At the next stop, a gaggle of tweens boarded, all talking loudly, presumably so they could hear each other despite the earbuds each one of them had plugged into his or her ears.

"Wha'?" one girl shouted to another and pulled one of the buds from her elaborately pierced ear. Tinny strains of Duran Duran threaded from the earpiece directly into John's brain before the girl laughed and shoved it back into her ear.

I smell like I sound, I'm lost and I'm found, and I'm hungry like the wolf. Straddle the line, it's discord and rhyme, I'm on the hunt I'm after you…

That was all. Just enough to get lodged in John's consciousness and trapped there in the folds of his grey matter. What the hell was a girl her age doing listening to Duran Duran anyway? Why couldn't she listen to something from her own generation? Something he'd never heard before? Something forgettable? Instead, she'd decided "retro" was the way to go today and so John was stuck with his least favourite song from his youth playing on a continual 14-second loop in his brain. If Simon Le Bon got on the train right now, John would be forced to kill him. And what the hell was up with that song's video anyway? Great. Now that was stuck in his head, too.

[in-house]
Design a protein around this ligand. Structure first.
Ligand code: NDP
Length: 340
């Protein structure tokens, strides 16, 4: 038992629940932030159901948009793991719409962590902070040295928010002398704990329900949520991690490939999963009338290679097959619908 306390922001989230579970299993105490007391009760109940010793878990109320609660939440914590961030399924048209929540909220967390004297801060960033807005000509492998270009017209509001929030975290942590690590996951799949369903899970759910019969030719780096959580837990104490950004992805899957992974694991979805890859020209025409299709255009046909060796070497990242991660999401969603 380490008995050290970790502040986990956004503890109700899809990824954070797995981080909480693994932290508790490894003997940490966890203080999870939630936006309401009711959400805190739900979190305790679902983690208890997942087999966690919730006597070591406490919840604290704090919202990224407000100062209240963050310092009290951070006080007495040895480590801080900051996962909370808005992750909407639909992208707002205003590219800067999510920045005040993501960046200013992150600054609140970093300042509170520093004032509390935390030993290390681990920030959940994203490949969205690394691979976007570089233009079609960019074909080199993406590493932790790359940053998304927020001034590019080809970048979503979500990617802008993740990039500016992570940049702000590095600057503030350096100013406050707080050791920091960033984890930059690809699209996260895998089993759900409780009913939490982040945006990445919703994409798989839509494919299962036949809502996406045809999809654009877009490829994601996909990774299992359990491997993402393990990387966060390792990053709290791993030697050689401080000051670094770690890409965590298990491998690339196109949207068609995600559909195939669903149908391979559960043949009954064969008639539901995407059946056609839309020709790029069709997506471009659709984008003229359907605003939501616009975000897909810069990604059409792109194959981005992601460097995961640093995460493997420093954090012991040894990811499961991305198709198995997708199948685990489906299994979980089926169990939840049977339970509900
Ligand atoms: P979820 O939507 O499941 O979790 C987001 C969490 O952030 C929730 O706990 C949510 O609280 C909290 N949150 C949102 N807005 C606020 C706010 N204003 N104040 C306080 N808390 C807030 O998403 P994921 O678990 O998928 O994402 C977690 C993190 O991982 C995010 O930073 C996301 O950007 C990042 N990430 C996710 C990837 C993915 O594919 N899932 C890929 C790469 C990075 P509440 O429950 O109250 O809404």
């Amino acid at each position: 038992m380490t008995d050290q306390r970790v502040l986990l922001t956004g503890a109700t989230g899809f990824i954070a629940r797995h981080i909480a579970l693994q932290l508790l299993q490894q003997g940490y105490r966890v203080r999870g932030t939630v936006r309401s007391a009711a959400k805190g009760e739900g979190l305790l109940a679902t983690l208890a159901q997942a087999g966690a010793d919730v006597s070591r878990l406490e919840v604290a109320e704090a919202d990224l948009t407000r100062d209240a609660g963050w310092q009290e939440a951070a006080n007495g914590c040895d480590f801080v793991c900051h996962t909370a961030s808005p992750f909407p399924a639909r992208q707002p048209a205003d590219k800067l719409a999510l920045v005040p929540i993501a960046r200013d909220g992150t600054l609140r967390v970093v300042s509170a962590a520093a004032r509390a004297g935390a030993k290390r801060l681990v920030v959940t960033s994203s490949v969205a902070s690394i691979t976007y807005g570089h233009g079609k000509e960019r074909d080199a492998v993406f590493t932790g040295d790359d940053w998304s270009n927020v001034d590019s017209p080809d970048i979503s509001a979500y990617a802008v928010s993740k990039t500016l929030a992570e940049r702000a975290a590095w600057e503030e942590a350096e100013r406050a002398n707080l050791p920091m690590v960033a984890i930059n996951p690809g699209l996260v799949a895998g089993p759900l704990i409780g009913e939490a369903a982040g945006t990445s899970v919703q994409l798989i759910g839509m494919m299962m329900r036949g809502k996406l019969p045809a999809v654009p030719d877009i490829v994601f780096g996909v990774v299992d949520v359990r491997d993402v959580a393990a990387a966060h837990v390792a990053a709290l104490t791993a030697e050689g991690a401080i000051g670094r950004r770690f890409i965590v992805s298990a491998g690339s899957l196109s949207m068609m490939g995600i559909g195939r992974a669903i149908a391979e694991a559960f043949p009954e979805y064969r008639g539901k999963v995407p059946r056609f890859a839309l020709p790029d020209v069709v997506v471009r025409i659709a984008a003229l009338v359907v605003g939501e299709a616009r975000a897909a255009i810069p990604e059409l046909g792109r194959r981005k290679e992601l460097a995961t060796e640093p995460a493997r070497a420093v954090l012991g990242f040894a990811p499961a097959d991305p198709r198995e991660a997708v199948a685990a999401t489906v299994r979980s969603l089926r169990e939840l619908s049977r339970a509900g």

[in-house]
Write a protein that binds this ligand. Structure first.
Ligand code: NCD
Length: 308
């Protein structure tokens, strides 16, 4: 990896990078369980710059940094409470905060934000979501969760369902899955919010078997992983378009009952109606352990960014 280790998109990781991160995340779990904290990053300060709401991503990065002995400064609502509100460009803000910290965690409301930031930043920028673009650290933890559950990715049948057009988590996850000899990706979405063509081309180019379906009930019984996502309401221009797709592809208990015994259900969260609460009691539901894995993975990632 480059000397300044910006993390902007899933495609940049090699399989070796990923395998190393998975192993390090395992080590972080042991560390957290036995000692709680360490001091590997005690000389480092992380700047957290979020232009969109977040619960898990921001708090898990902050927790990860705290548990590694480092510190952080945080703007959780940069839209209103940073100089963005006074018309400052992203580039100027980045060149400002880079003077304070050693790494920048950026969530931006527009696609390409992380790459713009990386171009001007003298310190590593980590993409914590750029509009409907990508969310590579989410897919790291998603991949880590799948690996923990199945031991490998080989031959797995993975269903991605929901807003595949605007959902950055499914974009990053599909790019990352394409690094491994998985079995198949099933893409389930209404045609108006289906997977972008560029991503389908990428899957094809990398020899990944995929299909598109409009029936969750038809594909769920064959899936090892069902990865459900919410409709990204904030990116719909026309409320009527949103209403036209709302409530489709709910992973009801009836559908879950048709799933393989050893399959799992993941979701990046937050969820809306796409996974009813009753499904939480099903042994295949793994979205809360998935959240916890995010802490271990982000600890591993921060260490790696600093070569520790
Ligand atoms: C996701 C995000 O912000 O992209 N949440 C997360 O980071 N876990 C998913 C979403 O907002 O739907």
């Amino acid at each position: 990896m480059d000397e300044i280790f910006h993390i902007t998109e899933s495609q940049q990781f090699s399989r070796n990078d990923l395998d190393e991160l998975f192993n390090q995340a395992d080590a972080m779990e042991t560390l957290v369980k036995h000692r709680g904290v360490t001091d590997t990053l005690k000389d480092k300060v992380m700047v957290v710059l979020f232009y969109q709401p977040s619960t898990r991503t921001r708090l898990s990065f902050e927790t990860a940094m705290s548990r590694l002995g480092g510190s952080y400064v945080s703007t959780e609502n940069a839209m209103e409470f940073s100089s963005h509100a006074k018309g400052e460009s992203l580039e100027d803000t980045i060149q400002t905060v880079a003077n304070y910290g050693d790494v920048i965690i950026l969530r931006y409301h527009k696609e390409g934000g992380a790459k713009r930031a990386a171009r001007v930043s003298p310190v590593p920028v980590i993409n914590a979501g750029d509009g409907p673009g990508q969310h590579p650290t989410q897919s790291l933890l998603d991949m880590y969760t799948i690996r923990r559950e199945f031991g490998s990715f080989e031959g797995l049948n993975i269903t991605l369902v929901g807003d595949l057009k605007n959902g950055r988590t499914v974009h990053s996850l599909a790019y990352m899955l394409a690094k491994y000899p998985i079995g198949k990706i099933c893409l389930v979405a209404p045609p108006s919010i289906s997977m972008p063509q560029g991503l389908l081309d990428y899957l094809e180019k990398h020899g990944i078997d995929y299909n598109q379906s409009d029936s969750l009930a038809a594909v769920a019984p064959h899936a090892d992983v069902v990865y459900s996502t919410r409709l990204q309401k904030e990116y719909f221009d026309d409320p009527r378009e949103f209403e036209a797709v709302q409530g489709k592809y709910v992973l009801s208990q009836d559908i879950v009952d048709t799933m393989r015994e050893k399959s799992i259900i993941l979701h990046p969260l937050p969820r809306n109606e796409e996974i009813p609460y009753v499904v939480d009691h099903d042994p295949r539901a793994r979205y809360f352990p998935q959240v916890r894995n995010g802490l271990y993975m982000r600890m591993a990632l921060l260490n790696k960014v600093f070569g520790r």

John emerged from the tube with one thought in mind. Well, one thought with musical underscoring by Duran fucking Duran. He had to get home. It was safe at home. Okay, he lived with a high-functioning sociopath who probably didn't even know who Duran Duran was--the band or the character from Barbarella--and who would probably offer some emotionless remark about John's hair cut that was as hurtful as it was factual, but right now, that sounded like heaven on Earth. Besides, there was tea at home. And a shower. And clean clothes. And hats.